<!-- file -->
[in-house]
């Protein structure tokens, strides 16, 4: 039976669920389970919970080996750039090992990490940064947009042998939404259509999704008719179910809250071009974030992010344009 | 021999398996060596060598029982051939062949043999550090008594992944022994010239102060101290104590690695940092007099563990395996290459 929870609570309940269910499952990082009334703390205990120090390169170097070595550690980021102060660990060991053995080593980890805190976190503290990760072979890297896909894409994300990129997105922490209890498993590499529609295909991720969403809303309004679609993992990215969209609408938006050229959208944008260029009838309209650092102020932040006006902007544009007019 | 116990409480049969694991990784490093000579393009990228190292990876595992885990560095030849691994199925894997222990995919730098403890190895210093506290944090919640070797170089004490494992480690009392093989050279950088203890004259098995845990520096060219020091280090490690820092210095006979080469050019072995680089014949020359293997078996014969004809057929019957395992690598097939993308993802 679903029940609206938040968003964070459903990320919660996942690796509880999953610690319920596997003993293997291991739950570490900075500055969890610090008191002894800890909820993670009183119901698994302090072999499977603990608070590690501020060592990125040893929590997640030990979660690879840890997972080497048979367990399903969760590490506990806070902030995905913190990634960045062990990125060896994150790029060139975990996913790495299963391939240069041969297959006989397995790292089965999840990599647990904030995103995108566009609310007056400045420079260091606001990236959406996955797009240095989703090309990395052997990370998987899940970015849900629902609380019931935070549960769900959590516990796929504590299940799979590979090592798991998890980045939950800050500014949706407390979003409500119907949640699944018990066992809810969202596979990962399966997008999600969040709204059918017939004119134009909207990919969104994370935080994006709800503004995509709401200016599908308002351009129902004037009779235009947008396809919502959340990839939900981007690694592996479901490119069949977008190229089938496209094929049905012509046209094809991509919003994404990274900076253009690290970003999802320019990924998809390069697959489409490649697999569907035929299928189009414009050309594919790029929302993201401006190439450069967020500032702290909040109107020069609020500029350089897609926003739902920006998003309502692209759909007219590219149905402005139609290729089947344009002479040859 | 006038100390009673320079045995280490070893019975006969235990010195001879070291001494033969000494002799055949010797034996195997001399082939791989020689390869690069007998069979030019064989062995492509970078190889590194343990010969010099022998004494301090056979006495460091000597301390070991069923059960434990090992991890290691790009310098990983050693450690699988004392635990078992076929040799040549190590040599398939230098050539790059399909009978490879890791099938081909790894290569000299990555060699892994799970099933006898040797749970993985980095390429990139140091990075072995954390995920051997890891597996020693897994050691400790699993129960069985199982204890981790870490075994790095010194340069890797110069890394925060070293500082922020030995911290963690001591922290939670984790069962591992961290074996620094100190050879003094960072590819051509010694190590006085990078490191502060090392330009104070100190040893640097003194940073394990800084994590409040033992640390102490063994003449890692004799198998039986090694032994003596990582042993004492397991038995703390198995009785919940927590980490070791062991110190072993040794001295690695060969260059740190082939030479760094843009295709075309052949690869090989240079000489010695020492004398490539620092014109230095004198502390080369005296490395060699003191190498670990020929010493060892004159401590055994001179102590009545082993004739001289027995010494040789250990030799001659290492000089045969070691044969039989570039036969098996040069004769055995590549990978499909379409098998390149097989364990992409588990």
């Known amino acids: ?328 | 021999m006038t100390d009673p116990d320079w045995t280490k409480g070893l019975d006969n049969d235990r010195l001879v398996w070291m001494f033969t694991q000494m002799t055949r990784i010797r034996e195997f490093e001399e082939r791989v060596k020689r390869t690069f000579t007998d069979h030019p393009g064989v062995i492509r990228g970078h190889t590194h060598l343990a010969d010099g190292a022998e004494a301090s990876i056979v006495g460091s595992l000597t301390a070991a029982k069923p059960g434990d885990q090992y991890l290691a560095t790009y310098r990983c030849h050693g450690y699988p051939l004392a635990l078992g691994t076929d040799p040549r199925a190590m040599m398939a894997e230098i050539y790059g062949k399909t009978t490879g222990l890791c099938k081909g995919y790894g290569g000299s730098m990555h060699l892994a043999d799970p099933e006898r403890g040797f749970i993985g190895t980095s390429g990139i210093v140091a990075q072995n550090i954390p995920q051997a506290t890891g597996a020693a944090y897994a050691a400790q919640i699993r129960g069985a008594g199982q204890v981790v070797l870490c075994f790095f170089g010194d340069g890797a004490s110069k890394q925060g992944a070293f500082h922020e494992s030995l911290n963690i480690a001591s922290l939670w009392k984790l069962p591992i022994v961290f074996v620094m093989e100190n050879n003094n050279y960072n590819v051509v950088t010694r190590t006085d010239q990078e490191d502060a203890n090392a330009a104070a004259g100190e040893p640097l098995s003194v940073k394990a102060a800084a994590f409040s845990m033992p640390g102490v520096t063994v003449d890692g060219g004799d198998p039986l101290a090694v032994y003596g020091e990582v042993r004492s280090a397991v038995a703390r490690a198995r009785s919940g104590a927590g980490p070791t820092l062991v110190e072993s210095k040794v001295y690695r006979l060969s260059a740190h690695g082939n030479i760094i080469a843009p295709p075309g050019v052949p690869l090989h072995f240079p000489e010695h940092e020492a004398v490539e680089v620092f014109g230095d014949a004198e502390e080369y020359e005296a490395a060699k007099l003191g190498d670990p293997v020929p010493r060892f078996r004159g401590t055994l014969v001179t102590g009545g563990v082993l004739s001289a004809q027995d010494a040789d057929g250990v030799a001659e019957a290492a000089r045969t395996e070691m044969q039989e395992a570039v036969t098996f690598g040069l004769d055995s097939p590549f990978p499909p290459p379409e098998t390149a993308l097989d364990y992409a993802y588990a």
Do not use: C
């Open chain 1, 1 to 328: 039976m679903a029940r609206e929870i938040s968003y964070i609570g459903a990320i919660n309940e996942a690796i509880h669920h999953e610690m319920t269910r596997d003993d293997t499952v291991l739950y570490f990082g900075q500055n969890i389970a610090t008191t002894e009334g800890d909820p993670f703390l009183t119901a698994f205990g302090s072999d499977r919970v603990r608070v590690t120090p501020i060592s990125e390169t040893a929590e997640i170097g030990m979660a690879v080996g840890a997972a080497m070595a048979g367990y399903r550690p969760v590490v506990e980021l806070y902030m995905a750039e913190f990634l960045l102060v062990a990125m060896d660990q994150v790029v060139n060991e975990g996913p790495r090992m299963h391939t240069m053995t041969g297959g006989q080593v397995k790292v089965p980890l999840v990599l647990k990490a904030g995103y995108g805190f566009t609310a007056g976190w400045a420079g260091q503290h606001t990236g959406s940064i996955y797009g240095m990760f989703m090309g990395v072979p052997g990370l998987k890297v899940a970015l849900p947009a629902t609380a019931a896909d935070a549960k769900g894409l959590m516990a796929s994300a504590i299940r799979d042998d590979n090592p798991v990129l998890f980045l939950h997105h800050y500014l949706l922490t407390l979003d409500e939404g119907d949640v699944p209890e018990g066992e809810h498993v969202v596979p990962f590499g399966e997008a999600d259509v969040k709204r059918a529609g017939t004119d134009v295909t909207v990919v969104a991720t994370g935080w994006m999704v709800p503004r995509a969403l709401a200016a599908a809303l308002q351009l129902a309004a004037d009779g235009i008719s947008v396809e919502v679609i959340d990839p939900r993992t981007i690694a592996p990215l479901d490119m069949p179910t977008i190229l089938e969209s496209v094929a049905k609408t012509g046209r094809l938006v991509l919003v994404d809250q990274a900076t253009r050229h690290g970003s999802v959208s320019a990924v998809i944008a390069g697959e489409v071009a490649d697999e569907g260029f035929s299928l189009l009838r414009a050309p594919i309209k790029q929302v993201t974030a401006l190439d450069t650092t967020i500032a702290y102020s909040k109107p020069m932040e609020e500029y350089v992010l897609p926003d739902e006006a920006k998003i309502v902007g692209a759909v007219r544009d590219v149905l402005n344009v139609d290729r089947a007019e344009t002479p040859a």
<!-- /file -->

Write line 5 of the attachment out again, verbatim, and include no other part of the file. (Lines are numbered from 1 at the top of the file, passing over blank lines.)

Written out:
């Open chain 1, 1 to 328: 039976m679903a029940r609206e929870i938040s968003y964070i609570g459903a990320i919660n309940e996942a690796i509880h669920h999953e610690m319920t269910r596997d003993d293997t499952v291991l739950y570490f990082g900075q500055n969890i389970a610090t008191t002894e009334g800890d909820p993670f703390l009183t119901a698994f205990g302090s072999d499977r919970v603990r608070v590690t120090p501020i060592s990125e390169t040893a929590e997640i170097g030990m979660a690879v080996g840890a997972a080497m070595a048979g367990y399903r550690p969760v590490v506990e980021l806070y902030m995905a750039e913190f990634l960045l102060v062990a990125m060896d660990q994150v790029v060139n060991e975990g996913p790495r090992m299963h391939t240069m053995t041969g297959g006989q080593v397995k790292v089965p980890l999840v990599l647990k990490a904030g995103y995108g805190f566009t609310a007056g976190w400045a420079g260091q503290h606001t990236g959406s940064i996955y797009g240095m990760f989703m090309g990395v072979p052997g990370l998987k890297v899940a970015l849900p947009a629902t609380a019931a896909d935070a549960k769900g894409l959590m516990a796929s994300a504590i299940r799979d042998d590979n090592p798991v990129l998890f980045l939950h997105h800050y500014l949706l922490t407390l979003d409500e939404g119907d949640v699944p209890e018990g066992e809810h498993v969202v596979p990962f590499g399966e997008a999600d259509v969040k709204r059918a529609g017939t004119d134009v295909t909207v990919v969104a991720t994370g935080w994006m999704v709800p503004r995509a969403l709401a200016a599908a809303l308002q351009l129902a309004a004037d009779g235009i008719s947008v396809e919502v679609i959340d990839p939900r993992t981007i690694a592996p990215l479901d490119m069949p179910t977008i190229l089938e969209s496209v094929a049905k609408t012509g046209r094809l938006v991509l919003v994404d809250q990274a900076t253009r050229h690290g970003s999802v959208s320019a990924v998809i944008a390069g697959e489409v071009a490649d697999e569907g260029f035929s299928l189009l009838r414009a050309p594919i309209k790029q929302v993201t974030a401006l190439d450069t650092t967020i500032a702290y102020s909040k109107p020069m932040e609020e500029y350089v992010l897609p926003d739902e006006a920006k998003i309502v902007g692209a759909v007219r544009d590219v149905l402005n344009v139609d290729r089947a007019e344009t002479p040859a």